Going multi-cloud is the trend of 2021. Intense competition between cloud providers results in more, and oftentimes improved alternatives to Amazon Web Services (AWS) and the commoditization of various cloud services. Sticking to a single cloud provider is no longer an option. But companies are still working on their multi-cloud strategies.
Competition results in the availability of diverse offers from cloud providers. Selection of a supplier should depend on many factors, the most important being specific application and business requirements.
The variables are many. For instance, Amazon EC2 could be better suited for a specific app, while a cloud provider with cheaper egress, like DigitalOcean, might be best suited for another app with large egress traffic. Or while Azure Blob Storage has more features that are important for some, Backblaze B2 is cheaper.
Some niche providers specialize in subsets of services, like Wasabi and Backblaze, that only offer object storage with no compute. Multi-cloud is all about mixing and matching offers for best overall results.
Figuratively speaking, multi-cloud adoption by companies could be divided into several “levels”:
Level 0: no multi-cloud, using a single cloud provider, likely AWS.
Level 1: using different cloud providers for different applications — like accounting runs on AWS, while distribution runs on Azure.
Level 2: using services from different cloud providers for the same application — like using compute from Amazon S3 and storage from Backblaze B2.
Level 3: using competing services from different clouds for the same app — like storing data both in Amazon S3 and Backblaze B2.
Considering such figurative levels of multi-cloud adoption, Flexify.IO would then enable a Level 3 multi-cloud, since it allows a single application to consume storage from more than one cloud simultaneously. Storage virtualization is the technology behind multi-cloud that decouples “physical” storage from a “logical” virtualized storage layer visible to applications.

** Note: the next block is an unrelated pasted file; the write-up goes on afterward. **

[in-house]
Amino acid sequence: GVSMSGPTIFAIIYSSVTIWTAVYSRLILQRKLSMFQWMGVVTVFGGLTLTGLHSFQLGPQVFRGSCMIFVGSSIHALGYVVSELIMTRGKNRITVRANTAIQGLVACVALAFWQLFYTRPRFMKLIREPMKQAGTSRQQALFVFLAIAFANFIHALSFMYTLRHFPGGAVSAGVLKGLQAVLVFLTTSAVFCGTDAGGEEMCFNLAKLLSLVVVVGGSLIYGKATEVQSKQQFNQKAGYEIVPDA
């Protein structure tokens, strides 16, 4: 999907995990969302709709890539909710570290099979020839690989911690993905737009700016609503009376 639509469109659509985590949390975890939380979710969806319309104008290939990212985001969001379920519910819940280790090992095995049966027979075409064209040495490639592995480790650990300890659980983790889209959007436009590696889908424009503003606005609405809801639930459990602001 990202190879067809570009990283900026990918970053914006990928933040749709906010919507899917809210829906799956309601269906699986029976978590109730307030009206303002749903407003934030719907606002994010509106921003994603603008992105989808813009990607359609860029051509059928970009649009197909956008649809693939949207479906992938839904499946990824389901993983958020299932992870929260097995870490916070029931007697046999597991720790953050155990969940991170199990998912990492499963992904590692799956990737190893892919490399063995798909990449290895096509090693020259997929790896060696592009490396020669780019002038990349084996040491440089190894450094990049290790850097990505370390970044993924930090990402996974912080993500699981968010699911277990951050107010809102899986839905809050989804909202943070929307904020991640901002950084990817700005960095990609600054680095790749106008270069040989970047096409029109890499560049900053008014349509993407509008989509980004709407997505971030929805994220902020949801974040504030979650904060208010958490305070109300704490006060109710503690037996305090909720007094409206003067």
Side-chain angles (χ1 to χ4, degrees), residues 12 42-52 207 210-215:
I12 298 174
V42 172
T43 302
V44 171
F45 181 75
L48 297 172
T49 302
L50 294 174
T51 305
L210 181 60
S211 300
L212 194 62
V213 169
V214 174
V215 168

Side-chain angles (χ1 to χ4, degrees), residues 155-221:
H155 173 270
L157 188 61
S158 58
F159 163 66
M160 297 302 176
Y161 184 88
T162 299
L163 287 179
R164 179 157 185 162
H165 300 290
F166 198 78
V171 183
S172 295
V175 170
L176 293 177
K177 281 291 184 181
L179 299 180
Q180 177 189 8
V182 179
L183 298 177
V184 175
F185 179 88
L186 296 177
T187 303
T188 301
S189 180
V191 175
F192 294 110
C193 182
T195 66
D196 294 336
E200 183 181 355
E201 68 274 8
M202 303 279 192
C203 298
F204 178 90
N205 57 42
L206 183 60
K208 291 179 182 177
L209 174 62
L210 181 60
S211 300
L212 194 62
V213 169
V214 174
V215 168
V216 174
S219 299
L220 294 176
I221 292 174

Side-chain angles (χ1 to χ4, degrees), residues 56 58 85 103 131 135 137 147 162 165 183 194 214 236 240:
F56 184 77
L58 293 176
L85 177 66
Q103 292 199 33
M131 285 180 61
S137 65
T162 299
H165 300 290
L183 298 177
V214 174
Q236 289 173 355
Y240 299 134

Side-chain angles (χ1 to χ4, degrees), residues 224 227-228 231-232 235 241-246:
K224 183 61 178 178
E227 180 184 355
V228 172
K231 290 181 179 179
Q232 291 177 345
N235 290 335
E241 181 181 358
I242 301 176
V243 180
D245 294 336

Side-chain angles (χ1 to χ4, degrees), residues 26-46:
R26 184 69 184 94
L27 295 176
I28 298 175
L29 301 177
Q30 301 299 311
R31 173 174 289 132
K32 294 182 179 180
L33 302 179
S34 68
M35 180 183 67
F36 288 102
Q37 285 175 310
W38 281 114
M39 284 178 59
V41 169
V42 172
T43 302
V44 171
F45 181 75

Some companies use Flexify.IO to replicate their data between multiple clouds — storing data both in Wasabi and Backblaze B2 for redundancy. Another use case is splitting or offloading some data to another cloud, like storing frequently accessed data in Amazon S3 closer to compute, but offloading older, infrequently accessed data, to Backblaze B2 — a cheaper option. Extending private on-premises storage, like Dell EMC ECS, to a cloud is also popular.
The geographic distribution of data is also important, since some jurisdictions require data to be stored in certain locations, while developers would prefer having their data in a single namespace, regardless of regulations. Storage virtualization allows combining data in a single virtual namespace, while storing the “physical” data in different data centers with varied geography.
For the true multi-cloud storage, detaching applications from proprietary cloud APIs is paramount. For instance, an app designed for Azure Blob Storage API is locked to Azure and cannot be transferred to another cloud or provider easily. Similarly, an app designed for Amazon S3 API cannot be simply configured to store data in Azure. Storage virtualization with Flexify.IO solves this by transparently translating and adapting APIs to specific clouds.
Multi-cloud with storage virtualization also makes data migrations transparent for applications and users, eliminating downtimes due to synchronization and application reconfiguration changes.
Multi-cloud is a necessity — company’s multi-cloud strategy should take into account all possible storage scenarios, and Flexify.IO can cover all of them top to bottom.